Explainable AI: Why Is XAI Important?
How do you describe a picture? Could you teach a machine to make a description of a picture? Suppose you can; is it important that you know what the machine learned?
Yes, I believe it is important to understand what the machine learned, in order to understand its limitations and assess its applicability. In this post I will justify my claim.
Why do we need explanations?
Is there a similarity in recruiting people and using an intelligent machine? Of course. Would you skip the interview when you know your candidate graduated in X at AI? I would not. Because I want to check what the candidate learned in order to assess what the best position in my organisation is for the person. Same with the intelligent machine — I want to know what it learned …
… to select the best way to use it.
Is each proof a good explanation?
Back to the example. Generating descriptions for pictures may seem a typical pattern-matching task. A neural network can be trained to do the job based on value pairs. The results on the 20% test set seem promising at first glance: 90%+ accuracy. That is good news for visually impaired who have nothing to rely on now.
So, the first impression is good. However, a researcher asks: what did the neural network really learn? The answer to this question places the initial results in a different light. Typically, this kind of system learns what was captioned manually by humans and it will re-use this when presented with scenes similar to what it's seen before. As a result, when an image is presented that is not very similar to anything presented before, the caption that is most frequently used by humans will be chosen by the system (for example, 'an animal in wild nature').
This summer I participated in two scientific conferences. The first one was the workshop on controlled natural languages in Maynooth, Ireland, and the second one was the workshop on rule markup languages, simultaneous with an AI conference in Luxembourg.
In the first conference, a keynote speech by Albert Gatt from the University of Malta on "Visual and linguistic features for recognising and generating entailments" disclosed that the neural network, with a sophisticated layered algorithm I rarely see in commercial settings, would barely drop in performance when presented with a foil while, if the images really contributed to the task, you'd expect the model to drop in performance. So, the machine learned more about word frequency in the test set than about the real task at hand. We call this 'overfitting' in machine learning terminology.
However, despite many attempts of the smart professor and his team, no deeper knowledge was discovered and a question mark was placed next to the initial promising results. Conclusion:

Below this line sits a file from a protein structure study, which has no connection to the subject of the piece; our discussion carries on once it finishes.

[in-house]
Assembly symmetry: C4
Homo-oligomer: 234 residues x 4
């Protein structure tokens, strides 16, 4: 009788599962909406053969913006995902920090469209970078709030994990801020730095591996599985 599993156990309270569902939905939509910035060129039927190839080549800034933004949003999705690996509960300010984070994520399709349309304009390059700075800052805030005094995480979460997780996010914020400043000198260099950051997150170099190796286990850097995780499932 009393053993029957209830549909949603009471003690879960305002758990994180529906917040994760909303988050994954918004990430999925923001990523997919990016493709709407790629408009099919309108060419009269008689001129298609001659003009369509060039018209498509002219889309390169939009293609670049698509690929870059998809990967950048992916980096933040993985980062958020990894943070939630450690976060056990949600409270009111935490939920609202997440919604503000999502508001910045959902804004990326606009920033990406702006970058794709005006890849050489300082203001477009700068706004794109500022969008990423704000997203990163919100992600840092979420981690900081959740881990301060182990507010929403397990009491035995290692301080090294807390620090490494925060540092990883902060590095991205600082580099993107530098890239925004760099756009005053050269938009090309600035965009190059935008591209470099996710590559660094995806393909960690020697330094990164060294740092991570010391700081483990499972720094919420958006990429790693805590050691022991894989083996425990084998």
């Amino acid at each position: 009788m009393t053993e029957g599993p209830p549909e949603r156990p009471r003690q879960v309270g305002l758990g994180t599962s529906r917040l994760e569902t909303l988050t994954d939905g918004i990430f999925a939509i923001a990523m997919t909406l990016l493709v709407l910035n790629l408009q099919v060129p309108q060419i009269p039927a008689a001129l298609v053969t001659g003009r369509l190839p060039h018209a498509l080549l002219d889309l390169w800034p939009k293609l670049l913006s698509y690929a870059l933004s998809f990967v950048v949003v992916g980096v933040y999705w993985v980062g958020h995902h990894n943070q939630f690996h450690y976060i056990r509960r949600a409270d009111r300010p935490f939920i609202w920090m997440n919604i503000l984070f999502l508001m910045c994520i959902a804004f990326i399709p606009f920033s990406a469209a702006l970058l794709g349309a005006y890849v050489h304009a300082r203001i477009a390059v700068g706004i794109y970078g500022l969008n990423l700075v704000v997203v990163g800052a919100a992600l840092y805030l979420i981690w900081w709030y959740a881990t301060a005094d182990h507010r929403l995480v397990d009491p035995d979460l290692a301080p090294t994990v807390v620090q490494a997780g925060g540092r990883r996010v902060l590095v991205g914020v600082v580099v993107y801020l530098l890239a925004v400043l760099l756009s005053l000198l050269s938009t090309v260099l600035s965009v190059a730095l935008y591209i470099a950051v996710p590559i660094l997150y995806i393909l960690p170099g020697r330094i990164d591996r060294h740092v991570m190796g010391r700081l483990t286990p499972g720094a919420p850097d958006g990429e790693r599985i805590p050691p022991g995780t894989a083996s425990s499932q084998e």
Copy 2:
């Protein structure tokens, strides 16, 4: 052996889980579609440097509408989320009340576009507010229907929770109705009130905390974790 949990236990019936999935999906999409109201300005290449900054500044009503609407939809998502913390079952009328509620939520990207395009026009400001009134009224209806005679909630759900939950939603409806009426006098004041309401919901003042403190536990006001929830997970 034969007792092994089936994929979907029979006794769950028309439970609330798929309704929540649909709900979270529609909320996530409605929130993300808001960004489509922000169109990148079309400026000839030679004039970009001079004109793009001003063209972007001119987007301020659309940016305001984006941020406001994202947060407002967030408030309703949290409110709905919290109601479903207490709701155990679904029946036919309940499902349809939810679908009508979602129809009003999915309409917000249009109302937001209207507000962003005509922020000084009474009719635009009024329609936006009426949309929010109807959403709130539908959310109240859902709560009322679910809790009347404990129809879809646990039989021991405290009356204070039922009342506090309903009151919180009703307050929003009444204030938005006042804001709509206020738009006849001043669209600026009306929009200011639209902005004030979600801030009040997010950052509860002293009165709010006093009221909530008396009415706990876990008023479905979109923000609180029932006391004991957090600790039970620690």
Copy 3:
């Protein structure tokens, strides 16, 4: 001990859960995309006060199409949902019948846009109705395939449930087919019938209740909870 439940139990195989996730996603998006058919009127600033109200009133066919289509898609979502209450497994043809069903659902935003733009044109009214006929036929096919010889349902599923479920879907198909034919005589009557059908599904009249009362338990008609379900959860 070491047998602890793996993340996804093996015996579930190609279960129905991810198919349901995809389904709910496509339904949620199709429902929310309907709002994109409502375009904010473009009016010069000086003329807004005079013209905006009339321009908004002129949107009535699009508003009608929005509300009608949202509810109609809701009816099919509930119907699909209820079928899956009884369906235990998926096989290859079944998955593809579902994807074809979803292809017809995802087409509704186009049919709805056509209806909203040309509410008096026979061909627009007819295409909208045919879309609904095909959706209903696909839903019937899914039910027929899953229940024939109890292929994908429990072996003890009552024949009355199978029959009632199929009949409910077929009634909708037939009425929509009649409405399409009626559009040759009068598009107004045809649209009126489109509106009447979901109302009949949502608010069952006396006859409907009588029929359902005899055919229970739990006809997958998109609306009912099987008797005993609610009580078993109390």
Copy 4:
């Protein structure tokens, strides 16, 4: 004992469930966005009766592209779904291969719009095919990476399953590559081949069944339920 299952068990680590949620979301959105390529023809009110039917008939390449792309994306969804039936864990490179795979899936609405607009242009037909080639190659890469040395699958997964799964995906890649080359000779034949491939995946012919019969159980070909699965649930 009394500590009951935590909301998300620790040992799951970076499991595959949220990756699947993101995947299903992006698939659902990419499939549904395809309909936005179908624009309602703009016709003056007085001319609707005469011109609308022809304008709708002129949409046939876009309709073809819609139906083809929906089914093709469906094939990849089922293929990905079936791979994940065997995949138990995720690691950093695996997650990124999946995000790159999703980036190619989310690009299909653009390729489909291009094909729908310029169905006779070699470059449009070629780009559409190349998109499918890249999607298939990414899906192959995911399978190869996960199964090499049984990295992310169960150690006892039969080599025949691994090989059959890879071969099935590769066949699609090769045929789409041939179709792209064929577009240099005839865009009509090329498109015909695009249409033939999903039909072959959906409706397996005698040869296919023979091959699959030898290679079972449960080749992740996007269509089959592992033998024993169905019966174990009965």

Accuracy is not enough; understand what the machine really learned.
Despite the remarkable increase in the number of image-description systems in recent years, experimental results suggest that system performance still falls short of human performance.
An explanation may uncover decision biases.
At the second conference, I got more examples from research that checks if the knowledge learned by a neural network reflects deep knowledge, abstraction, and generalisations. The conclusion is that these decision makers are easily fooled and likely to be biased. That does not necessarily need to be a problem: machines may be re-trained and usability may be limited, though fast and practical. However, it should be known and researched.
Do we need better tools?
This area of research has been given a name: 'Explainable AI', using the acronym XAI, and it is a topic dear to my heart. Like the AI methods in general, it's not a new topic. Actually, I graduated in the mid-nineties on exactly this topic. We trained a model using genetic algorithms to predict the results of a crop-breeding selection process and explained the results to the expert user by generating a decision tree from the trained model using C4.5. This method was later implemented in one of the specialised tools that I worked on. However, it does not seem to be a standard feature of the platforms that are popular nowadays, and it is also difficult to make the explanation really 'humanly readable'. Some extra help from the research community is welcome though, in the end, I believe it is more about having the right mindset: